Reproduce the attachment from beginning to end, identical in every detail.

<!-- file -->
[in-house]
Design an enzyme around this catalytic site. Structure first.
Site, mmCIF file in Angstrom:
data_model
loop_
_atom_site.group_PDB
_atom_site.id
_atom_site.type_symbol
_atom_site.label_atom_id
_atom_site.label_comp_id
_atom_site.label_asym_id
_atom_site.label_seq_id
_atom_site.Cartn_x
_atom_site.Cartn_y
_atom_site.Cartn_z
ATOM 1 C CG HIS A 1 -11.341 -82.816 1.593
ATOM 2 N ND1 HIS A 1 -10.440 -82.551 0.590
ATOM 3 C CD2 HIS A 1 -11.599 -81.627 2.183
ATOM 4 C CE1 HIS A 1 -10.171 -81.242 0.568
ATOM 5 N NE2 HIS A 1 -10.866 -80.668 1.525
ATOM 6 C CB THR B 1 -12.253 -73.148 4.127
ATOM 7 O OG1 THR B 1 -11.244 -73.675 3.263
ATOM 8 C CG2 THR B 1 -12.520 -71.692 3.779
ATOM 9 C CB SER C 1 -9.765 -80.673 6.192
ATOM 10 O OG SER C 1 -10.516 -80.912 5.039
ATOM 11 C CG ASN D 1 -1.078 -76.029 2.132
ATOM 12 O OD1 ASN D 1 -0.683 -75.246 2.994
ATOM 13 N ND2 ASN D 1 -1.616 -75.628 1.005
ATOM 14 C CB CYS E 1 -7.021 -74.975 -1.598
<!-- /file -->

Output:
[in-house]
Design an enzyme around this catalytic site. Structure first.
Site, mmCIF file in Angstrom:
data_model
loop_
_atom_site.group_PDB
_atom_site.id
_atom_site.type_symbol
_atom_site.label_atom_id
_atom_site.label_comp_id
_atom_site.label_asym_id
_atom_site.label_seq_id
_atom_site.Cartn_x
_atom_site.Cartn_y
_atom_site.Cartn_z
ATOM 1 C CG HIS A 1 -11.341 -82.816 1.593
ATOM 2 N ND1 HIS A 1 -10.440 -82.551 0.590
ATOM 3 C CD2 HIS A 1 -11.599 -81.627 2.183
ATOM 4 C CE1 HIS A 1 -10.171 -81.242 0.568
ATOM 5 N NE2 HIS A 1 -10.866 -80.668 1.525
ATOM 6 C CB THR B 1 -12.253 -73.148 4.127
ATOM 7 O OG1 THR B 1 -11.244 -73.675 3.263
ATOM 8 C CG2 THR B 1 -12.520 -71.692 3.779
ATOM 9 C CB SER C 1 -9.765 -80.673 6.192
ATOM 10 O OG SER C 1 -10.516 -80.912 5.039
ATOM 11 C CG ASN D 1 -1.078 -76.029 2.132
ATOM 12 O OD1 ASN D 1 -0.683 -75.246 2.994
ATOM 13 N ND2 ASN D 1 -1.616 -75.628 1.005
ATOM 14 C CB CYS E 1 -7.021 -74.975 -1.598